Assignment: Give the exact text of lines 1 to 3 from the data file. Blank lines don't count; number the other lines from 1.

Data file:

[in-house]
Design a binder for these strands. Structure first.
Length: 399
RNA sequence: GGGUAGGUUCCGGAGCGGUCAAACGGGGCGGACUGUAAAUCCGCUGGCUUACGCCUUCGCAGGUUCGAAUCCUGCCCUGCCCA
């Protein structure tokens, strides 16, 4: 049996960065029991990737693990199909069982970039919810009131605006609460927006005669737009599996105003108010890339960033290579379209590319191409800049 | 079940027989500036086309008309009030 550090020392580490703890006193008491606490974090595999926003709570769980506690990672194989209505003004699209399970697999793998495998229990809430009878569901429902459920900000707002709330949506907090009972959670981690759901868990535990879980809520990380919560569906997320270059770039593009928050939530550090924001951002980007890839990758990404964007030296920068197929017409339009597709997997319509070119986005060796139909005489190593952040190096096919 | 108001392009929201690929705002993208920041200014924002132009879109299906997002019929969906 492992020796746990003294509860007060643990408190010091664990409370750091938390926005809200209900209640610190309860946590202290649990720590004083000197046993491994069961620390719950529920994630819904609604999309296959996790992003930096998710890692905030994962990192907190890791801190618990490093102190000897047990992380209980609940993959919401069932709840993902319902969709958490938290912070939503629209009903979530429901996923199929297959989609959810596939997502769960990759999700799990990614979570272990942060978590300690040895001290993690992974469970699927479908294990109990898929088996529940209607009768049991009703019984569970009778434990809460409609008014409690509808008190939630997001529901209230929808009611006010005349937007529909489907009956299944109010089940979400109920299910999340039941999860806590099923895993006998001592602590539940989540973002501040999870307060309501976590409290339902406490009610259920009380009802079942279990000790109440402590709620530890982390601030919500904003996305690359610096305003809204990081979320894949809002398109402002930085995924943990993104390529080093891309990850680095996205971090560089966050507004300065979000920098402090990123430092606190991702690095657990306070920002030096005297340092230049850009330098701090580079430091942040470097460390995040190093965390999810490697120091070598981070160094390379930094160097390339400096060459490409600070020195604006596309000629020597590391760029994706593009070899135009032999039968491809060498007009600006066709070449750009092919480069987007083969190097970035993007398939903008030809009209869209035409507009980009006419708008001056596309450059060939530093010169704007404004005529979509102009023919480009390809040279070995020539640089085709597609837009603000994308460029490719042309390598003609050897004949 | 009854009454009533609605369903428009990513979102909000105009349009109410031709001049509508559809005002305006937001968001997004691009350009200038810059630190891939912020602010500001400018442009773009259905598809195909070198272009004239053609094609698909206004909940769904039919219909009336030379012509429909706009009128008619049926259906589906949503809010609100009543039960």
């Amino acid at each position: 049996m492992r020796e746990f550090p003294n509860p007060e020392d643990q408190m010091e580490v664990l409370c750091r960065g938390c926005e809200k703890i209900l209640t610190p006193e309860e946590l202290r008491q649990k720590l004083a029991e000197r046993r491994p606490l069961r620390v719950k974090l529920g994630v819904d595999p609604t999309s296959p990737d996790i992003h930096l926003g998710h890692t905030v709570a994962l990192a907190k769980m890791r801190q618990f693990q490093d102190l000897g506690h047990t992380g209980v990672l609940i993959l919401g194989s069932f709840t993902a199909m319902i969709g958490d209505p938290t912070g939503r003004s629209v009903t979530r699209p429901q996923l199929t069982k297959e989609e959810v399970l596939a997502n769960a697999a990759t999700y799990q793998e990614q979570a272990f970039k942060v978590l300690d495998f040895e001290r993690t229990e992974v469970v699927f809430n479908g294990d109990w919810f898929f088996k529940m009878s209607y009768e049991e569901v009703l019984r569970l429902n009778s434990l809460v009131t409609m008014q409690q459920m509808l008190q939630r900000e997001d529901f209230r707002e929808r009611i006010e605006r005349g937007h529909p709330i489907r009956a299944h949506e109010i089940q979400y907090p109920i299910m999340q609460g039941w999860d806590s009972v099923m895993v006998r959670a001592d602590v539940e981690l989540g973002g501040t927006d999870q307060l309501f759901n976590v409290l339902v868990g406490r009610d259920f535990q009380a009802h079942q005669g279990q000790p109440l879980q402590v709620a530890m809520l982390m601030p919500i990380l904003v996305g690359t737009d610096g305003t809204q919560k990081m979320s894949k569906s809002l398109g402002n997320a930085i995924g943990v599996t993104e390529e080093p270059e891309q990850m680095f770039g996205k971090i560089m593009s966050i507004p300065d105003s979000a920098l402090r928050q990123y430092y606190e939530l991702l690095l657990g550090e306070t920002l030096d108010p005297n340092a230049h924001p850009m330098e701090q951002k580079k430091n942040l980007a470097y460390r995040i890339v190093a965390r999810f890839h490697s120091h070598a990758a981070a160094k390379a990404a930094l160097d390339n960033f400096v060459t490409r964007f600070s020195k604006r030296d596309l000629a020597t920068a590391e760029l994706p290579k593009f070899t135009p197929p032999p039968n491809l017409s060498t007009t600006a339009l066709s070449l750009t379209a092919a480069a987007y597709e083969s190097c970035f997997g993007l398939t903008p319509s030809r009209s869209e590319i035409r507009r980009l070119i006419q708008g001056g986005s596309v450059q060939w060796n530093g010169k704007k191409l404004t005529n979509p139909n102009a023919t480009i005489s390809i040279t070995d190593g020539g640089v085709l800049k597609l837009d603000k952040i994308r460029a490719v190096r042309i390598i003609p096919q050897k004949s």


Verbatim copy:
[in-house]
Design a binder for these strands. Structure first.
Length: 399